I am that guy. I have always been that guy from the day my dad paved part of our backyard and turned it into a 20 x 20 court with one of those upper-end glass backboards in hopes that I would use it to become the kind of player that made him a pretty good junior college forward (before life got in the way) and my uncle an even better one at Penn State (before being 20 got in the way).

While I loved to play, genetics and a decided lack of ability relegated the idea of me making a last-second shot for the Washington Bullets to the goings-on inside my head. I topped out at 5-11, a good seven inches shorter than my dad (and if we’re being honest here, a deck of cards shorter than my little sister). I made up for my lack of height by having no talent whatsoever other than the confidence to jack up any shot from anywhere no matter the circumstances.

We’ll pause here to give anyone who has ever played with me a chance to avoid vertigo while they finish vigorously nodding their head.

But dammit, I could add and subtract. Maybe it was simply a byproduct of all those imaginary games I would hold when noone was around, the ones where Jeff Malone or John Stockton or whoever I wanted to be on a given day was always open from 15-feet as the buzzer sounded. And yep, you can bet I was “fouled” if for some ungodly reason that shot had the temerity to clang off the rim.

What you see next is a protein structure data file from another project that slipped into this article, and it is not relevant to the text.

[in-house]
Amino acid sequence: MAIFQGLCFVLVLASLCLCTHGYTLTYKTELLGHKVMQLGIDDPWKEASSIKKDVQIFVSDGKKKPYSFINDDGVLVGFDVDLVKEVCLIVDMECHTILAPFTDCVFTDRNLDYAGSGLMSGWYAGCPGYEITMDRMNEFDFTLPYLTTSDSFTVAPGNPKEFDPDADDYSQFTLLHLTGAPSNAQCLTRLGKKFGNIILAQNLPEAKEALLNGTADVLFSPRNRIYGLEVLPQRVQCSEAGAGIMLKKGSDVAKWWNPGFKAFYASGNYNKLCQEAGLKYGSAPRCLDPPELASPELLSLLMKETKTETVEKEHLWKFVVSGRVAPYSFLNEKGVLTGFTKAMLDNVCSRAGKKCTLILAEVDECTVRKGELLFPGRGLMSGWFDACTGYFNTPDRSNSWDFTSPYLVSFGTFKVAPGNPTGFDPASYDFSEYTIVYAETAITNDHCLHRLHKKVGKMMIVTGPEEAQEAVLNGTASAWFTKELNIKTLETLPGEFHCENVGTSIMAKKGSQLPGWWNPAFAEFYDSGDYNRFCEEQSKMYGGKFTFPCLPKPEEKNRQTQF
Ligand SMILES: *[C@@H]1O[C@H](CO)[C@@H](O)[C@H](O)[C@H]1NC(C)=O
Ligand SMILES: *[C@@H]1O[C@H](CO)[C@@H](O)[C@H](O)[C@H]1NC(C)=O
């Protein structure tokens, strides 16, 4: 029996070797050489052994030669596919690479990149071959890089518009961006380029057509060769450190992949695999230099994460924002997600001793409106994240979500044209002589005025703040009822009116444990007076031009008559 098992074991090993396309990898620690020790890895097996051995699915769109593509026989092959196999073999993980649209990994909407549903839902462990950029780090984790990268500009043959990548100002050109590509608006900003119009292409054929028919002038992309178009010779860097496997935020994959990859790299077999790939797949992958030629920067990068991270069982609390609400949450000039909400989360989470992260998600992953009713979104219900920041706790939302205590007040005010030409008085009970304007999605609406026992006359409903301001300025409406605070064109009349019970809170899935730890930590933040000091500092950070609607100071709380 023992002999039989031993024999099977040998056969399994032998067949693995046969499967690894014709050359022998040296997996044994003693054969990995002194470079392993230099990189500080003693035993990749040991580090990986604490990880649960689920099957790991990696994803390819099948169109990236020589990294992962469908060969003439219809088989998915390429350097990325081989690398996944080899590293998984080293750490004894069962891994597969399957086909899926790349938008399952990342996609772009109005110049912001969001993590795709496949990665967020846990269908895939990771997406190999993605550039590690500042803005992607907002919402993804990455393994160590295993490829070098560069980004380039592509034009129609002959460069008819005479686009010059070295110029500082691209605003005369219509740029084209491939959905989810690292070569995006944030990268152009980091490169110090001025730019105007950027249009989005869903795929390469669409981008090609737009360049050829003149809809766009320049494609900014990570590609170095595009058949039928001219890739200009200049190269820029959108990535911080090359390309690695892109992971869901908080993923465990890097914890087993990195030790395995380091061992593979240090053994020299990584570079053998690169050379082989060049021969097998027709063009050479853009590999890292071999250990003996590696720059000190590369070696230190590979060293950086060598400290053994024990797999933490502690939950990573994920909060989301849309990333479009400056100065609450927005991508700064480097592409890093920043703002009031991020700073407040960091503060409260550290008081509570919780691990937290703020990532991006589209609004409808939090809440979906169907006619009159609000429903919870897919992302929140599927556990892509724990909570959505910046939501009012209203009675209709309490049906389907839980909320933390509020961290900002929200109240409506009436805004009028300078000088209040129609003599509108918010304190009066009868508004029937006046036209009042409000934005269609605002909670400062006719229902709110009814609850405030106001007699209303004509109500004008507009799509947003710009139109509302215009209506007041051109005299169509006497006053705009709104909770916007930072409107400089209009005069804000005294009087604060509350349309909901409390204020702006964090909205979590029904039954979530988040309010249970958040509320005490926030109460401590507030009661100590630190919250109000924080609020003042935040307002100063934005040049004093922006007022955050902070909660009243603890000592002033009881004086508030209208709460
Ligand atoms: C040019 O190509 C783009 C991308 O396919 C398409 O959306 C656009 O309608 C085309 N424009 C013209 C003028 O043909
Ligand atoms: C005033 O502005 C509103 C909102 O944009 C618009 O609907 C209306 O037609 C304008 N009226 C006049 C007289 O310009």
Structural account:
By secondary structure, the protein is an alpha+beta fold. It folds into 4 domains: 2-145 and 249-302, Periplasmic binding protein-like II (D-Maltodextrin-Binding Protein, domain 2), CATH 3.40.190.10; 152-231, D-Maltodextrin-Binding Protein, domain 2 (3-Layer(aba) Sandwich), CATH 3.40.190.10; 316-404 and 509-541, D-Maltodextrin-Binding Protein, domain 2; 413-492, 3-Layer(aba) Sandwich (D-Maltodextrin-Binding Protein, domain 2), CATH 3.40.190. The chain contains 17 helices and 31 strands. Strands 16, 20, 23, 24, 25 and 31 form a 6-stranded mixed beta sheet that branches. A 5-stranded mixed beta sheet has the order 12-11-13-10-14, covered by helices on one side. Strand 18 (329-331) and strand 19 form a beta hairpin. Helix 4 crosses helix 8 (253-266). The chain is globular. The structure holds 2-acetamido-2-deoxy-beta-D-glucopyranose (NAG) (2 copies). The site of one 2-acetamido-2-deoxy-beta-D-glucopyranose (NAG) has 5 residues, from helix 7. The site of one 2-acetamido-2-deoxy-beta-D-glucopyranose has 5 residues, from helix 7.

It was my court. I figured it was my job to keep order. I can’t tell you I did it on purpose, but hey, nobody stopped me. Looking back, it’s hard to not laugh. During those countless afternoons spent honing a shooting stroke that still stops by every now then at 40 (and hopefully sticks around until 80) I was a walking/talking/jump-shot heaving abacus.

Not much has changed. While I technically don’t get paid to keep score (though I do anyway most nights) I am paid to tell you who won, who lost _ and perhaps most importantly _ what it all means. Some days, I’m pretty good at it. Some days I stare at the screen waiting for inspiration to strike and _ when it doesn’t _ pluck my right eyebrow furiously and hope I can “fool’em again” as the great Jim Murray used to say.